865 words - 4 pages :9) As a field of study it offers a view of the world that is comparative, leery of generalizations, and both microscopic and macroscopic. (Eriksen 2004:6) Theory is the first of two major resources an anthropologist has at his disposal. Though subject to both internal changes from shifting beliefs and ideas of individual researchers and external changes from within the field of anthropology, theory plays an essential role in the anthropological

Influence of Colonization Politics on Modern Field-work…

678 words - 3 pages Influence of Colonization Politics on Modern Field-work… Hell-bent on expansion, the British Empire insisted on the exhaustive domination of one people over another, and in doing so, fostered hatred and friction between cultures in the late nineteenth/early twentieth centuries. Cultural friction has presented a large disruption in the anthropological relationship between observer and participant in historical fieldwork, and moreover, “the

The Relevancy of Ethnomusicology to the Study of British Folk Music

2363 words - 9 pages comparative musicology, which seemed to over-emphasize external comparison) in the early 1950s came from a background where several composite ethno-words were already in use: ethnopoetics,ethnomedicine, ethnohistory, etc ... The point of all these terms was that the investigator sought to understand the topic from the perspective of the native 'informant'. The ethnomusicologist was as interested in, say, an Egyptian's 'musicology' - i.e., his

Critical Thinking

1015 words - 4 pages to belief and action. In its exemplary form, it is based on universal intellectual values that transcend subject matter divisions: clarity, accuracy, precision, consistency, relevance, sound evidence, good reasons, depth, breadth, and fairness"."Critical thinking…is incorporated in a family of interwoven modes of thinking, among them: scientific thinking, mathematical thinking, historical thinking, anthropological thinking, economic

Professor Ngugi and Writing as Social Communication

765 words - 3 pages societies? Furthermore, what is the significance of the written word in a society where the construction of history is not necessarily recorded or even linear? Driven to examine these issues, I found that the general scope of comparative literature fell short of my expectations because it didn't allow students to question the inherent integrity or subjectivity of their discourse. We were told to approach Asian, African, European, and American

Critical Thinking Application Paper

1025 words - 4 pages Critical Thinking by some is thought to be as important as or more important than most material or physical items such as money, homes or automobiles. Without critical thinking various ideas to make money or in this example automobile, one would not have these items. So what is more important than critical thinking, one thing might come to mind. Oxygen is probably the one most important thing that our brain needs to survive; this would be an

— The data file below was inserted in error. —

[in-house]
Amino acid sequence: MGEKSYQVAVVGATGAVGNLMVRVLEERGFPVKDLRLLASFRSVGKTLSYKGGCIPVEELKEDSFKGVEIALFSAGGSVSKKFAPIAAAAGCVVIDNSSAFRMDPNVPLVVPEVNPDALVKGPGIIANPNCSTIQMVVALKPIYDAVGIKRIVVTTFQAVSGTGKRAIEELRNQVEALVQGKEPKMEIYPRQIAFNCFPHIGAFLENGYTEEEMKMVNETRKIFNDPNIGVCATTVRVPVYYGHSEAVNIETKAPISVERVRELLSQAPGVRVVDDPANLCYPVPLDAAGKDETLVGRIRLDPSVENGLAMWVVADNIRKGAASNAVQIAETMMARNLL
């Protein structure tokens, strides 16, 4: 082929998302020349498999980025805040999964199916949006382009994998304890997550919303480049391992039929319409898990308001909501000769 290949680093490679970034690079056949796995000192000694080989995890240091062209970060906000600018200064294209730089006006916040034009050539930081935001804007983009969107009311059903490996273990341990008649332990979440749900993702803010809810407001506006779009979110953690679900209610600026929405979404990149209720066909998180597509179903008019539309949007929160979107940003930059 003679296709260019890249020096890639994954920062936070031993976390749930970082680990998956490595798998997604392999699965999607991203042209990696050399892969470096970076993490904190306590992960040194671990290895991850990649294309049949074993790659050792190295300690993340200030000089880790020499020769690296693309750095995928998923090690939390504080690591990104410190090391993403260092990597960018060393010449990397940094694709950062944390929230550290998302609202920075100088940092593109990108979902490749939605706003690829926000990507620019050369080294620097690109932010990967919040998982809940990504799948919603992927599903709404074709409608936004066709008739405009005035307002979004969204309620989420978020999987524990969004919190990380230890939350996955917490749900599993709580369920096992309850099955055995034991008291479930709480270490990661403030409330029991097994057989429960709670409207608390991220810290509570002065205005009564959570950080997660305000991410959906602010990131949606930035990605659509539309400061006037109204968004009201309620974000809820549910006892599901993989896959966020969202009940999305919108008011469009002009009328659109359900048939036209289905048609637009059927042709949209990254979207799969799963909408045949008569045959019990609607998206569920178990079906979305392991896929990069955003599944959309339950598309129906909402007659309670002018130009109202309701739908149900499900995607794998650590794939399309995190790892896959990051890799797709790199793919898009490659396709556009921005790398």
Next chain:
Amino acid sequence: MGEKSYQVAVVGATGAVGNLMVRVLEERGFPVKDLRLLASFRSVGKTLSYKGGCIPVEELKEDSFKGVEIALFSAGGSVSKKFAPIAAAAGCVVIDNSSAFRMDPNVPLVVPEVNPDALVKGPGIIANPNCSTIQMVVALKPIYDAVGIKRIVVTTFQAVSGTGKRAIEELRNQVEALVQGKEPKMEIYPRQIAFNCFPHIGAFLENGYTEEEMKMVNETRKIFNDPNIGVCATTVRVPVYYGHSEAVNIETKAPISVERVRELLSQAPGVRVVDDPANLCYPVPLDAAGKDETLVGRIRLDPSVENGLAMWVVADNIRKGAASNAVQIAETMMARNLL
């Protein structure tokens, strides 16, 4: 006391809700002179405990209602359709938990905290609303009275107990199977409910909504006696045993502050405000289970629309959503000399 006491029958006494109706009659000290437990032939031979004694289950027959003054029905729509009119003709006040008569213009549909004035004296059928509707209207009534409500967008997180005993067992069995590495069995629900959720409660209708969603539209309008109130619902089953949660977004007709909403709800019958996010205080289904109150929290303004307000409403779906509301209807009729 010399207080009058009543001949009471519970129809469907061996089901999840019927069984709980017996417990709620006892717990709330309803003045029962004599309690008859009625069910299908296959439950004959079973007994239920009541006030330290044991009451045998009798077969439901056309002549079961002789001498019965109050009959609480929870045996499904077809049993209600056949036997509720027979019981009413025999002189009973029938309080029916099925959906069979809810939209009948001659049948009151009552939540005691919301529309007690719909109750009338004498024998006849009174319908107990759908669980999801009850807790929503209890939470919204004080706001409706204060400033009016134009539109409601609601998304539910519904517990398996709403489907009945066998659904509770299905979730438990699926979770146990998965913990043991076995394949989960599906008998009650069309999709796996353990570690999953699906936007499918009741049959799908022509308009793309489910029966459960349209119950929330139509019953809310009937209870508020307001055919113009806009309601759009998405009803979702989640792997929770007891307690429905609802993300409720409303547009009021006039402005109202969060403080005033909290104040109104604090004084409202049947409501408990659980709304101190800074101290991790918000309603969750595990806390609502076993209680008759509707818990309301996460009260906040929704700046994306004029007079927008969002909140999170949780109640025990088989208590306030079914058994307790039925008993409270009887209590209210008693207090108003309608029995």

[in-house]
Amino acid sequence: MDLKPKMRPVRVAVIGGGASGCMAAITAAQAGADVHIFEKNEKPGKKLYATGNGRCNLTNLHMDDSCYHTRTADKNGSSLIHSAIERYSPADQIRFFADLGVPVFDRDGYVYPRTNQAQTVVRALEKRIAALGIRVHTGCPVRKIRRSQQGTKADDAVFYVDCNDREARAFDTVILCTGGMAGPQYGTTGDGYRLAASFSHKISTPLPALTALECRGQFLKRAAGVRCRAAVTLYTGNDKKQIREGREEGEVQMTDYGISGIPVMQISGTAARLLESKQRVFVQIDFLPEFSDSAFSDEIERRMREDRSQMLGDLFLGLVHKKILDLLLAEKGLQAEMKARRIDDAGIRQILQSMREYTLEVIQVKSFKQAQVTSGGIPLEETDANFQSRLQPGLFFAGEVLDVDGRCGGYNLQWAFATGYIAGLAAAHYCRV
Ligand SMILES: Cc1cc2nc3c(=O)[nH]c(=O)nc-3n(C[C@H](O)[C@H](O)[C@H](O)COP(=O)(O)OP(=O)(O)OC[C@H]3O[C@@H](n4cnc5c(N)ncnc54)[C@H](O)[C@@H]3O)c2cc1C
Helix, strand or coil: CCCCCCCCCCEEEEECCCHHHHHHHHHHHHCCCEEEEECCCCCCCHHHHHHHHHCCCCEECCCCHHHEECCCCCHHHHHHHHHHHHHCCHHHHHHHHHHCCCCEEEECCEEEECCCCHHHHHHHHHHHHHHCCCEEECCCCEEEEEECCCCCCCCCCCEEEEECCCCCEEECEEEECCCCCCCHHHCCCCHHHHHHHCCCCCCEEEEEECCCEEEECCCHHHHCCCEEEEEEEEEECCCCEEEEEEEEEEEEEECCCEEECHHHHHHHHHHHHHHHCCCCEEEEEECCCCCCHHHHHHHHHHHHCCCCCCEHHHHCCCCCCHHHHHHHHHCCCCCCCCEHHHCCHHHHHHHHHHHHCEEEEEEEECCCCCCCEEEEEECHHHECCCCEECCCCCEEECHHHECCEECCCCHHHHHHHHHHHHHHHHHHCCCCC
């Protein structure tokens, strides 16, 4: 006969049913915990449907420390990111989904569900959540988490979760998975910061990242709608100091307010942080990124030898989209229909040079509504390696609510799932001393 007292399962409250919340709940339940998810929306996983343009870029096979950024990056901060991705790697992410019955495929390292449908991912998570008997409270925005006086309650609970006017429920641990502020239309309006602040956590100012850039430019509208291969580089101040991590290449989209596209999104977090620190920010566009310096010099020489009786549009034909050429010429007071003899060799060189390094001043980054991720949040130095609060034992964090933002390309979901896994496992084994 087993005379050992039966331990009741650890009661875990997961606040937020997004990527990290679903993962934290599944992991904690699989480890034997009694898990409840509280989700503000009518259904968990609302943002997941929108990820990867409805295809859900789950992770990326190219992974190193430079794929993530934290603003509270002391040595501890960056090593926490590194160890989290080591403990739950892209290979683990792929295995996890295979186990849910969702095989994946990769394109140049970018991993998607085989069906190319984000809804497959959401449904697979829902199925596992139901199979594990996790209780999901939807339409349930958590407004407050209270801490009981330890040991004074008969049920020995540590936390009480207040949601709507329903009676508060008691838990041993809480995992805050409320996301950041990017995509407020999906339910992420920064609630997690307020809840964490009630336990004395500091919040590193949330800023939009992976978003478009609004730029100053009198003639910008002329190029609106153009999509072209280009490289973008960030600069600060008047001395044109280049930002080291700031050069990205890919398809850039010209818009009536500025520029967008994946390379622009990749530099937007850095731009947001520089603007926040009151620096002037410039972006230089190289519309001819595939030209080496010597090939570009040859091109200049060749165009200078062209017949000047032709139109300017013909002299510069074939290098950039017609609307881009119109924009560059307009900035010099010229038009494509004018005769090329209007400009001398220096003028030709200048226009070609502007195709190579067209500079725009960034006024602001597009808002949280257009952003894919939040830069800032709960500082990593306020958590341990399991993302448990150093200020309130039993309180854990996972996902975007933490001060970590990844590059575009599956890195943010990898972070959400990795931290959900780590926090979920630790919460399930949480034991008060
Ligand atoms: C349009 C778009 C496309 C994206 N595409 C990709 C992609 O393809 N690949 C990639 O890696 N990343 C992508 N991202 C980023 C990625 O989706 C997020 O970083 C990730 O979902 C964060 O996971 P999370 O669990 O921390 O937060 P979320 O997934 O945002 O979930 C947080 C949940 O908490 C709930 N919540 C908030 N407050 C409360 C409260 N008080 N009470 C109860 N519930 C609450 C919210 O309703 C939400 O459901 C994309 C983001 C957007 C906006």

Franz Boas Discuss the Contribution of Anthropology

1741 words - 7 pages , 2001). In 1887 he left Germany to go to the United States, in order to leave behind the anti-Semitism and the racial ideas that were on the rise in Europe. America was generally perceived as a politically ideal country, and there he found a free intellectual climate, a new home, and a devoted wife, Marie Krakowizer. He also found an anthropological project that was to occupy him for the rest of his life, the study of the cultures that lived on

Similar Essays

Reflections Of Peace And Nationalism In Sri Lankan Literature

885 words - 4 pages It was one evening, while I was reading the novel Anil’s Ghost by Michael Ondaatjee that my ideas for a doctoral project took shape. Before reading the novel, I had heard from my Professor who taught me Post colonial studies (a course for which the novel had been prescribed) that Ondaatjee’s only novel about Sri Lanka has often been subjected to heavy criticism because of the fact that it fails to portray the island’s civil war in a credible

The Savage Slot Essay

846 words - 4 pages California Press. Moeberg, Mark 2013 The Prehistory of Anthropology. In Engaging Anthropological Theory: A Social and Political History. Oxon: Routledge Moore, Jerry D. 2009 Visions of Culture: An Introduction to Anthropological Theories and Theorists. 3rd edition. United Kingdom: AltaMira Press. Perry, Richard J. 2003 Five Key Concepts in Anthropological Thinking. New Jersey: Pearson Education, Inc. Trouillot, Michel-Rolph 2003 Anthropology and the Savage Slot: The Poetics and Politics of Otherness. In Global Transformations: Anthropology and the Modern World. 1st edition. Pp. 7-28. New York: Palgrave Macmillan.

Sources Of Data In The Golden Bough

1949 words - 8 pages succession and religion is nothing but a refinement of the more primitive "magical" mentality.To move towards the sources of data in the Golden Bough, Sir James Frazer took help of the vast body of mythical and also anthropological material available in his day. He relied much on secondary sources of data that ultimately made him a victim of severe criticisms placing him in the framework of "armchair school". Frazer widely uses comparative methods

Sources Of Data In The Golden Bough

1949 words - 8 pages succession and religion is nothing but a refinement of the more primitive "magical" mentality.To move towards the sources of data in the Golden Bough, Sir James Frazer took help of the vast body of mythical and also anthropological material available in his day. He relied much on secondary sources of data that ultimately made him a victim of severe criticisms placing him in the framework of "armchair school". Frazer widely uses comparative methods